inches across.


== 11 of 15 ==
Date: Thurs, May 22 2008 3:18 pm
From: Lee Frelich


Deer populations are increasing, and their grazing can make the plants
smaller because so much of the plant's stored energy is consumed by the
deer. Also, the earthworm invasion has made the soils drier and more
nutrient poor.


== 12 of 15 ==
Date: Thurs, May 22 2008 6:28 pm
From: Carolyn Summers

How beautiful and fascinating! Do you have a theory as to why the trilliums
are getting smaller?
Carolyn Summers
63 Ferndale Drive
Hastings-on-Hudson, NY 10706

== 13 of 15 ==
Date: Thurs, May 22 2008 6:55 pm
From: Josh

My guess is that the energy reserves in the roots of perennial plants
like trilliums are depleted when they are topped every year by dear
browsing, resulting in a plant that slowly starves to death and gets
smaller in the process.


== 14 of 15 ==
Date: Thurs, May 22 2008 7:12 pm
From: Carolyn Summers

I suspected that deer might be partly to blame.........
Carolyn Summers
63 Ferndale Drive
Hastings-on-Hudson, NY 10706

== 15 of 15 ==
Date: Thurs, May 22 2008 8:33 pm
From: "Edward Frank"


Perhaps an equilibrium will be reached where the trilliums manage to stay alive perpetually but only at a smaller size as a result of the foliage loss from deer browse. I am not sure how invasive earthworms on down the road will impact the trillium populations, but I am guessing it will not be good.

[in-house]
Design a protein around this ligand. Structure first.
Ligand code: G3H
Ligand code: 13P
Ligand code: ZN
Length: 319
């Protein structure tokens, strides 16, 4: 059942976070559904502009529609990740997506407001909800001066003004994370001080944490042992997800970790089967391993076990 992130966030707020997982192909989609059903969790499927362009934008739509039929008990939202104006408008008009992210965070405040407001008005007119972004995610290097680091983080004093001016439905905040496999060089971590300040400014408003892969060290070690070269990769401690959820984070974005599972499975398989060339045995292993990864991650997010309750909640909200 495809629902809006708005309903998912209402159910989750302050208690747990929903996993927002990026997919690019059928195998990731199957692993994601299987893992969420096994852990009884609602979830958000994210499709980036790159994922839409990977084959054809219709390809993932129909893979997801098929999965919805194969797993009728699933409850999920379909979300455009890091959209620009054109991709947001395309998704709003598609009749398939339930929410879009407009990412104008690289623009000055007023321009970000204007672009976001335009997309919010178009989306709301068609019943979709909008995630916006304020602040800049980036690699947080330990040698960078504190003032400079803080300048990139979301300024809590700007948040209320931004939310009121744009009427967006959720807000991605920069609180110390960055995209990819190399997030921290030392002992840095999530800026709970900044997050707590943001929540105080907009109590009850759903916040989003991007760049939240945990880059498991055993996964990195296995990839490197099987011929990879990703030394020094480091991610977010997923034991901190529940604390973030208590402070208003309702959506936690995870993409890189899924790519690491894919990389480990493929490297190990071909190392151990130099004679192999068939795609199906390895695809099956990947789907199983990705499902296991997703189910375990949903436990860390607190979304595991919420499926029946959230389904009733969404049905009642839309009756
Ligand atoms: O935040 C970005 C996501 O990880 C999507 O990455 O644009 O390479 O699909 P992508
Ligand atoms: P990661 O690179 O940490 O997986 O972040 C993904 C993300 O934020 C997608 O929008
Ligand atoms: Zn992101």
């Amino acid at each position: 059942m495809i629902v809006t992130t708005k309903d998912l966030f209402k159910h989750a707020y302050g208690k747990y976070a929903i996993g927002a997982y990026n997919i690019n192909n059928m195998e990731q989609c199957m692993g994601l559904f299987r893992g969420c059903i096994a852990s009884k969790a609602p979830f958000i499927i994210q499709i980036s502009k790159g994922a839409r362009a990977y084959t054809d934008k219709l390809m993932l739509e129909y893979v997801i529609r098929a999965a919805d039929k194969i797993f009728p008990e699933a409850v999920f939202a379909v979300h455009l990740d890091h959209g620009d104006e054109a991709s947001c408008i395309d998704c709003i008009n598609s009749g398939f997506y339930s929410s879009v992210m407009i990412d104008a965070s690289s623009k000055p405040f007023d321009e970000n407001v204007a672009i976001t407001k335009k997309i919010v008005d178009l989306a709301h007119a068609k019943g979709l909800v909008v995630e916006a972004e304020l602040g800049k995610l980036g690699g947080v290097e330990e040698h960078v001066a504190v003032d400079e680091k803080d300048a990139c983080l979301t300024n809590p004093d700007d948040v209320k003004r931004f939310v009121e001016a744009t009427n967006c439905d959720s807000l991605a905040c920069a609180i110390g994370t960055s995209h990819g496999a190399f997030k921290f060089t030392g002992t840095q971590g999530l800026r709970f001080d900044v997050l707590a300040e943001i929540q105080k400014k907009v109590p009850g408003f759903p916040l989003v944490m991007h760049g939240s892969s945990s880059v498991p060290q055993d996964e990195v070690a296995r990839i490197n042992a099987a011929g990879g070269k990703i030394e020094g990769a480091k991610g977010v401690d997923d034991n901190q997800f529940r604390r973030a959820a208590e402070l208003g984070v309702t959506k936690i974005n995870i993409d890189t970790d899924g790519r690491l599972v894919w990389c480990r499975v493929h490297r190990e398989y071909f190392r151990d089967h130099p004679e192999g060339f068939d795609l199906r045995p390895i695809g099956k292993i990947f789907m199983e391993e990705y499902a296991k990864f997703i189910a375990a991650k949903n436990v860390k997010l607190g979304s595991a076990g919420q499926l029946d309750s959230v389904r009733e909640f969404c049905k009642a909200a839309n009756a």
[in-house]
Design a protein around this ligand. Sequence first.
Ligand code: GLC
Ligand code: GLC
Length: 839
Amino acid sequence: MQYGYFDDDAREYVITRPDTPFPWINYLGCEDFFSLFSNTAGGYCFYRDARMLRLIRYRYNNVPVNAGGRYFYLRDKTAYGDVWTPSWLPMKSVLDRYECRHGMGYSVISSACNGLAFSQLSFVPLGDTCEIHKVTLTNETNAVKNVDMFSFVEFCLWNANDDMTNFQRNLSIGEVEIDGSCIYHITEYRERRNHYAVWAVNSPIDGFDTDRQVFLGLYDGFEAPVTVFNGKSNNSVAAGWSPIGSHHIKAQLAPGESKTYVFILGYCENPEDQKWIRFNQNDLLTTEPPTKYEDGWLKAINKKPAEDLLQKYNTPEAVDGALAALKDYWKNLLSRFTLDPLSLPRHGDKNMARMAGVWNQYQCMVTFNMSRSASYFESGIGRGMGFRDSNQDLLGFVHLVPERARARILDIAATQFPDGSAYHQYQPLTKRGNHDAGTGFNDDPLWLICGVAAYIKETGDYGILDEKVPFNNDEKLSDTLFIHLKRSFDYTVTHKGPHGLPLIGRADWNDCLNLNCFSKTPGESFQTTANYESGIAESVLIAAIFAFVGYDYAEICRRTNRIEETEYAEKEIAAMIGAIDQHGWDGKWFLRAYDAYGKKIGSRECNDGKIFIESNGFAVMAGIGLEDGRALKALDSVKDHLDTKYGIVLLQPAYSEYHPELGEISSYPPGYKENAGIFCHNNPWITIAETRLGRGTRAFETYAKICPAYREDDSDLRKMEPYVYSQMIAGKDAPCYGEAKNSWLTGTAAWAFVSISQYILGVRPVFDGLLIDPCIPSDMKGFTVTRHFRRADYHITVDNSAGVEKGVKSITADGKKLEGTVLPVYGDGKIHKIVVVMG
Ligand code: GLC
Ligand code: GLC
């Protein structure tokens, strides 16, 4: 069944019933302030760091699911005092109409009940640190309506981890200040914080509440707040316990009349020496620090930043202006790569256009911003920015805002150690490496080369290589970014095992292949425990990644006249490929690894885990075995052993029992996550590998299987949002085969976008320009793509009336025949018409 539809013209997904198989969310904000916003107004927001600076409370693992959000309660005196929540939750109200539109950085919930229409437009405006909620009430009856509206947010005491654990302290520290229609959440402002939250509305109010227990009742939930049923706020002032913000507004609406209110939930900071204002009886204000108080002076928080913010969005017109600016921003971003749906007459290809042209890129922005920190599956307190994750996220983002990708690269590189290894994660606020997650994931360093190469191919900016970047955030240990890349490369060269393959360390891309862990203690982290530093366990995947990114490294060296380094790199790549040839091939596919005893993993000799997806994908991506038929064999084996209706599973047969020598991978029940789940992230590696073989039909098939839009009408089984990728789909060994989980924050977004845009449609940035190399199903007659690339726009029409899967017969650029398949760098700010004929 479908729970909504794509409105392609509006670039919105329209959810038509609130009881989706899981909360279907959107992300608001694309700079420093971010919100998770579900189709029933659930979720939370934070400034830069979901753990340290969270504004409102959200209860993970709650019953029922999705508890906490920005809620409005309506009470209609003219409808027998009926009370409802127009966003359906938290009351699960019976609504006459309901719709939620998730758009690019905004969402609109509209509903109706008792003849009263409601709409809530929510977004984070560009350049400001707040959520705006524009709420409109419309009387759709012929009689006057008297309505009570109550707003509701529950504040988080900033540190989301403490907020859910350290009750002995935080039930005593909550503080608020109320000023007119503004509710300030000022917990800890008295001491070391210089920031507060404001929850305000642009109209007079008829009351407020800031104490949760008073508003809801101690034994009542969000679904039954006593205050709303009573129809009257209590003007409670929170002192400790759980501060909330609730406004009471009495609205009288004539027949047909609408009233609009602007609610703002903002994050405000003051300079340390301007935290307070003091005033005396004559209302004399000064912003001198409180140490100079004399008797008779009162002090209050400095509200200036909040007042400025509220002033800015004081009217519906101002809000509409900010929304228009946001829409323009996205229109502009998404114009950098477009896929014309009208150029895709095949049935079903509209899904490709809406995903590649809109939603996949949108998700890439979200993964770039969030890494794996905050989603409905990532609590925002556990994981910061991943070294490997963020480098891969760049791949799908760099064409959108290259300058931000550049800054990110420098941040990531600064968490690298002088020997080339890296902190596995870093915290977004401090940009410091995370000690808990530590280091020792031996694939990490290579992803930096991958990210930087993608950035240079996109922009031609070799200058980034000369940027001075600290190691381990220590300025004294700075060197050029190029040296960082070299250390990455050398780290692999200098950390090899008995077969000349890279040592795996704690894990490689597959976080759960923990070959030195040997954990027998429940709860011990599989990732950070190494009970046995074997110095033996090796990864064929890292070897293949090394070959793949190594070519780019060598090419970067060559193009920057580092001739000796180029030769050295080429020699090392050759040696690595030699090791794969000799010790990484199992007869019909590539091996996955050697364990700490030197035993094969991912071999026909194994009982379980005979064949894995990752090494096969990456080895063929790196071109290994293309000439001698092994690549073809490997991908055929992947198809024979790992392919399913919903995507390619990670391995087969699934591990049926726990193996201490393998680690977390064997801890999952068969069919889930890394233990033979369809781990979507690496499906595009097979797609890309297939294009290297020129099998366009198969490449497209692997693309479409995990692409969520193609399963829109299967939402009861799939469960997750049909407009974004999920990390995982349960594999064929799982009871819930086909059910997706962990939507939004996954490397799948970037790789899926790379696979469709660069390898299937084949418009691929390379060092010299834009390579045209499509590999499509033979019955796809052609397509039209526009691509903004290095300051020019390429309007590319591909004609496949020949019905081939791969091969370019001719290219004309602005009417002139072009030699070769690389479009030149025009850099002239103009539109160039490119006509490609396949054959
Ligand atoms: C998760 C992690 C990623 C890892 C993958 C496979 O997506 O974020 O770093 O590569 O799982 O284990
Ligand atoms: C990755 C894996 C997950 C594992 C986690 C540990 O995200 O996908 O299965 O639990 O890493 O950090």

== 2 of 2 ==
Date: Thurs, May 22 2008 9:21 pm

Trilliums used to exist in woodlots throughout my home town in southeastern Wisconsin. Deer reduced their sizes and numbers in the 1980's at about the same times that the earthworms were reaching them. Then, the worms eliminated the duff and the trilliums, as well as their associates, in many areas by the turn of the century. In my home town, I used to know of hundreds of acres of white "large flowered trilliums" trillium grandiflorum, as well as the prairie or red trilliums, trillium recurvatum. Now, I only know of a total of a few acres of each in my home town - some in road side strips and others in local nature center restorations.

Paul Jost

TOPIC: Door Peninsula, WI

== 1 of 2 ==
Date: Fri, May 23 2008 2:36 pm
From: Lee Frelich

Ed et al.:

Yes, after many years of deer browsing, large-flowered trilliums in
Illinois are only about 6 inches tall, and the deer don't pay as much
attention to plants that small. Roger Anderson published a paper about it a
while ago (perhaps the 1980s). Its too bad, I like the 30 inch tall ones
with 5-6 inch flowers.


== 2 of 2 ==
Date: Fri, May 23 2008 3:28 pm
From: Elisa Campbell

are there any photographs available that document the change in size? it
would be very interesting / useful / educational if we had such photographs

TOPIC: Door Peninsula, WI

== 1 of 2 ==
Date: Sat, May 24 2008 9:14 am
From: Lee Frelich


I am trying to find such pictures myself. I did take some trillium pictures
30 years ago, and perhaps I can find the same places again, although its
too late for this year, since the trilliums will be finished flowering by
the next time I visit the Door Peninsula.